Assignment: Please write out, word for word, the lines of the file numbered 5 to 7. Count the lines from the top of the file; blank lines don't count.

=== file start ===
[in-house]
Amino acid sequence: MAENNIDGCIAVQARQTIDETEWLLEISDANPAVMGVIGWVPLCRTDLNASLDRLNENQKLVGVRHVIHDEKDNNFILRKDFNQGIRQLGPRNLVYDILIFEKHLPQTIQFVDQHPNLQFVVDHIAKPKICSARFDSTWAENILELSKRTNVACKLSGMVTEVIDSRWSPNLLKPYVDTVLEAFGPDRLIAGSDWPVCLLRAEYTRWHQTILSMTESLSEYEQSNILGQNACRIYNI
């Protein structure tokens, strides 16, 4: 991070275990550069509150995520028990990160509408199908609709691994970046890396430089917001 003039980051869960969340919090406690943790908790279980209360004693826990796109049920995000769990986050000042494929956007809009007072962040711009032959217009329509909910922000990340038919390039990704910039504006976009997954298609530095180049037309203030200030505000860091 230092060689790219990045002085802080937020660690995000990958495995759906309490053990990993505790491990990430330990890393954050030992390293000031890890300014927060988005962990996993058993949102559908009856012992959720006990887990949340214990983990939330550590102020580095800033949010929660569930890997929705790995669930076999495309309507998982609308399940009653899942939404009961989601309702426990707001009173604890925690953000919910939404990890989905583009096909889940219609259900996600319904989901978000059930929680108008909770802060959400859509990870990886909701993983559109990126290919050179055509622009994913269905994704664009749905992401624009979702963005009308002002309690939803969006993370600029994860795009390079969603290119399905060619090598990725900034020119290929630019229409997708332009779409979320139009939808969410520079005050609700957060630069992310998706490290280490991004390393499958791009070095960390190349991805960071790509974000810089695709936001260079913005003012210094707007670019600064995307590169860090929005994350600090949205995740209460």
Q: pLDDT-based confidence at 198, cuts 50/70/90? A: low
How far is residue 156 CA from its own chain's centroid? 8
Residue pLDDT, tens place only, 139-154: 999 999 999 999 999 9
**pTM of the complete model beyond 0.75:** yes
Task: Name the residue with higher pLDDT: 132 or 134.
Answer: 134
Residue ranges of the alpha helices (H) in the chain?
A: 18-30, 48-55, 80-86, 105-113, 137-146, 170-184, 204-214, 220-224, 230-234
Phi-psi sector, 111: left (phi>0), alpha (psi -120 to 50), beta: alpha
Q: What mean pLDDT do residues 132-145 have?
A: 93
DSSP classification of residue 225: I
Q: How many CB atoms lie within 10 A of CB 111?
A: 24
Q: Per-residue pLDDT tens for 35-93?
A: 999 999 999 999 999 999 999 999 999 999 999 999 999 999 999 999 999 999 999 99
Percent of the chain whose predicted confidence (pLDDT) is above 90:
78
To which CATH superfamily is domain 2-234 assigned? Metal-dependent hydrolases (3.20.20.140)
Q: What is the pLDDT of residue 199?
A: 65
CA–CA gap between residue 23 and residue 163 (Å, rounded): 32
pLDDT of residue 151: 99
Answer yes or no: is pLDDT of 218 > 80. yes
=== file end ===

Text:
How far is residue 156 CA from its own chain's centroid? 8
Residue pLDDT, tens place only, 139-154: 999 999 999 999 999 9
**pTM of the complete model beyond 0.75:** yes